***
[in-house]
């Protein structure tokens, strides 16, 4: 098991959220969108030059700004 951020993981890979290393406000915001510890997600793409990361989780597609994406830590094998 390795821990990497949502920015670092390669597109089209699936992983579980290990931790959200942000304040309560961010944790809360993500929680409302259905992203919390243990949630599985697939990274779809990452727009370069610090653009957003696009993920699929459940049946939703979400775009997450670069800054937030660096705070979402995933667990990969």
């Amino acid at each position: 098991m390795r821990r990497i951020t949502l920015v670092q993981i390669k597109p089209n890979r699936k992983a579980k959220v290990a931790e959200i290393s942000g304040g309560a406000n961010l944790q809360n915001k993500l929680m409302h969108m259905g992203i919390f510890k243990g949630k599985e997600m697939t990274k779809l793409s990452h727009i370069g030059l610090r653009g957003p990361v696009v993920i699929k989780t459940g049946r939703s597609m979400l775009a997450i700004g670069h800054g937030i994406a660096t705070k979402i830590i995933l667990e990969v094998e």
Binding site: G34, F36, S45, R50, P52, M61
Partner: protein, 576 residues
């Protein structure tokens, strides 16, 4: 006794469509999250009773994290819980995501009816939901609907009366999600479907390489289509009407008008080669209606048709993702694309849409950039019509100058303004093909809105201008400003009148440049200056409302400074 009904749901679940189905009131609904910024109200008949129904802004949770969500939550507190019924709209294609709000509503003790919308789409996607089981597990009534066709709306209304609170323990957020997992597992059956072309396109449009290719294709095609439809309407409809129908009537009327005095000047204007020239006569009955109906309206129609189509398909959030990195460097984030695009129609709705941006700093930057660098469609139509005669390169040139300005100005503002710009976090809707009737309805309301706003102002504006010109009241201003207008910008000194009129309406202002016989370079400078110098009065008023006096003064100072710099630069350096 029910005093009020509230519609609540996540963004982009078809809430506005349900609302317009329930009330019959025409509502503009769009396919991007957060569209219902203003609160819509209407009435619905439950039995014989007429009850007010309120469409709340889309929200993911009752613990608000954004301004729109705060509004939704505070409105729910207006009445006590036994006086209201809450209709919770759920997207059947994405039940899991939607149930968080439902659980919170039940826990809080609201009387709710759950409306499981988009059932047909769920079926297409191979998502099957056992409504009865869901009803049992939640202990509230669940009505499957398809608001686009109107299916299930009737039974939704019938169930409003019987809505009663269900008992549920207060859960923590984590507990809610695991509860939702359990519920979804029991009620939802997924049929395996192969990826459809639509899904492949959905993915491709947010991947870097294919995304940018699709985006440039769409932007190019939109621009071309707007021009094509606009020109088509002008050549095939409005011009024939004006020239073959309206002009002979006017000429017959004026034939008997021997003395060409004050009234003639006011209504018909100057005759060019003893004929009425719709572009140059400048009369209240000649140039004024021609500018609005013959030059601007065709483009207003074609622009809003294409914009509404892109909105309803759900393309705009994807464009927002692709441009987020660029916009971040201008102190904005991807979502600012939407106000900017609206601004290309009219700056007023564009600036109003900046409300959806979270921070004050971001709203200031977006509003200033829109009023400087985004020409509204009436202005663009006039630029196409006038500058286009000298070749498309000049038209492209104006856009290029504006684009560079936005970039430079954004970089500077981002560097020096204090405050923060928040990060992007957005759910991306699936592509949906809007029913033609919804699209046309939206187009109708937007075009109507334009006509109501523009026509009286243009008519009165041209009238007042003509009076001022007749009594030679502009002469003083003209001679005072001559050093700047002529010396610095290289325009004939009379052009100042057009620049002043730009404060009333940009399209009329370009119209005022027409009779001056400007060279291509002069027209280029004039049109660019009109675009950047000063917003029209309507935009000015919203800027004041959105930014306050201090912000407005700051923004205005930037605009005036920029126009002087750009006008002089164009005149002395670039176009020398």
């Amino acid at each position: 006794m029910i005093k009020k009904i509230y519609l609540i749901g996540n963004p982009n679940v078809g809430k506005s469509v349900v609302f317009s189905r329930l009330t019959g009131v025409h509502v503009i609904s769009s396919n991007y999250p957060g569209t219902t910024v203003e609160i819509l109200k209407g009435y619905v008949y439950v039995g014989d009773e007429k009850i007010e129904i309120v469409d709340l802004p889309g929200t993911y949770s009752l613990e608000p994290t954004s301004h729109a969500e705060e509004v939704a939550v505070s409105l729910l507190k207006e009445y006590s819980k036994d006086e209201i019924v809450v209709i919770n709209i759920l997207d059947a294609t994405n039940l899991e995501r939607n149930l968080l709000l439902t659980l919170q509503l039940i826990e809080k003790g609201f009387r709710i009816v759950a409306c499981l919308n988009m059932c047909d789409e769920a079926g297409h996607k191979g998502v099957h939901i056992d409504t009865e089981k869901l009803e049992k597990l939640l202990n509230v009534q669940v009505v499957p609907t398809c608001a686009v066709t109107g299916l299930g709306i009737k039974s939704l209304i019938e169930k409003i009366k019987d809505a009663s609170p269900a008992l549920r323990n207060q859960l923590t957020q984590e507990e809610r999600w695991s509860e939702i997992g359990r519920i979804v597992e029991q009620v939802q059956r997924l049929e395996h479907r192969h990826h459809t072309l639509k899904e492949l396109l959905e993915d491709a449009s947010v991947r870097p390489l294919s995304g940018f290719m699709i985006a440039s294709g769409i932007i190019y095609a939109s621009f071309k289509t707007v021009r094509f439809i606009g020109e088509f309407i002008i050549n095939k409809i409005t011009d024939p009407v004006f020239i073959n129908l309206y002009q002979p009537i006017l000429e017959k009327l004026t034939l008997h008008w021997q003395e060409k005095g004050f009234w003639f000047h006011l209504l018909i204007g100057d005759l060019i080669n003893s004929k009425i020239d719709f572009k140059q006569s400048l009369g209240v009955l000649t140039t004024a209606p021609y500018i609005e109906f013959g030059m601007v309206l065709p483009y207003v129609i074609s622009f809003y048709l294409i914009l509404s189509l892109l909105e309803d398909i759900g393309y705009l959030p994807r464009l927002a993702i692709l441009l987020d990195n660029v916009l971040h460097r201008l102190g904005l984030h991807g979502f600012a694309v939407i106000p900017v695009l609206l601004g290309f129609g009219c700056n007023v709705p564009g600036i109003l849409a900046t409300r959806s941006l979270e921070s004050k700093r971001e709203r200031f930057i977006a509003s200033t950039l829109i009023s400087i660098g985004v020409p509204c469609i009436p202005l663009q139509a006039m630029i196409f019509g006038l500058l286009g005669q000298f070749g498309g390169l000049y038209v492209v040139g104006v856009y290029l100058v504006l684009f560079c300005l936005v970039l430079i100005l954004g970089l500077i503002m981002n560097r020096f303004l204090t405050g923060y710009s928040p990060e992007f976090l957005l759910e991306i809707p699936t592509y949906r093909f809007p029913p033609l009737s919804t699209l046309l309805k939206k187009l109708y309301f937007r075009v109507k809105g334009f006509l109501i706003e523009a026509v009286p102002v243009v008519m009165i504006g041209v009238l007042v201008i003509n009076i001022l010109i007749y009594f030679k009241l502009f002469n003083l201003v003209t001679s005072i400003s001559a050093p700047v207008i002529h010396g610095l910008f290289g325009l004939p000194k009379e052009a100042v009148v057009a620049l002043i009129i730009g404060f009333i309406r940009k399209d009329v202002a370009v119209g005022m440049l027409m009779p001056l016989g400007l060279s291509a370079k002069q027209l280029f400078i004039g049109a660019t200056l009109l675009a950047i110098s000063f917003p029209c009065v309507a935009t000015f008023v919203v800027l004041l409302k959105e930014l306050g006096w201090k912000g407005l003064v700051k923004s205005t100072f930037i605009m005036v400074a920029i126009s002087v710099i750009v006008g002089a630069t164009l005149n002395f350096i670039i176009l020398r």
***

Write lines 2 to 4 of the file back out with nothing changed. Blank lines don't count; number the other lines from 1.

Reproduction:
């Protein structure tokens, strides 16, 4: 098991959220969108030059700004 951020993981890979290393406000915001510890997600793409990361989780597609994406830590094998 390795821990990497949502920015670092390669597109089209699936992983579980290990931790959200942000304040309560961010944790809360993500929680409302259905992203919390243990949630599985697939990274779809990452727009370069610090653009957003696009993920699929459940049946939703979400775009997450670069800054937030660096705070979402995933667990990969």
């Amino acid at each position: 098991m390795r821990r990497i951020t949502l920015v670092q993981i390669k597109p089209n890979r699936k992983a579980k959220v290990a931790e959200i290393s942000g304040g309560a406000n961010l944790q809360n915001k993500l929680m409302h969108m259905g992203i919390f510890k243990g949630k599985e997600m697939t990274k779809l793409s990452h727009i370069g030059l610090r653009g957003p990361v696009v993920i699929k989780t459940g049946r939703s597609m979400l775009a997450i700004g670069h800054g937030i994406a660096t705070k979402i830590i995933l667990e990969v094998e």
Binding site: G34, F36, S45, R50, P52, M61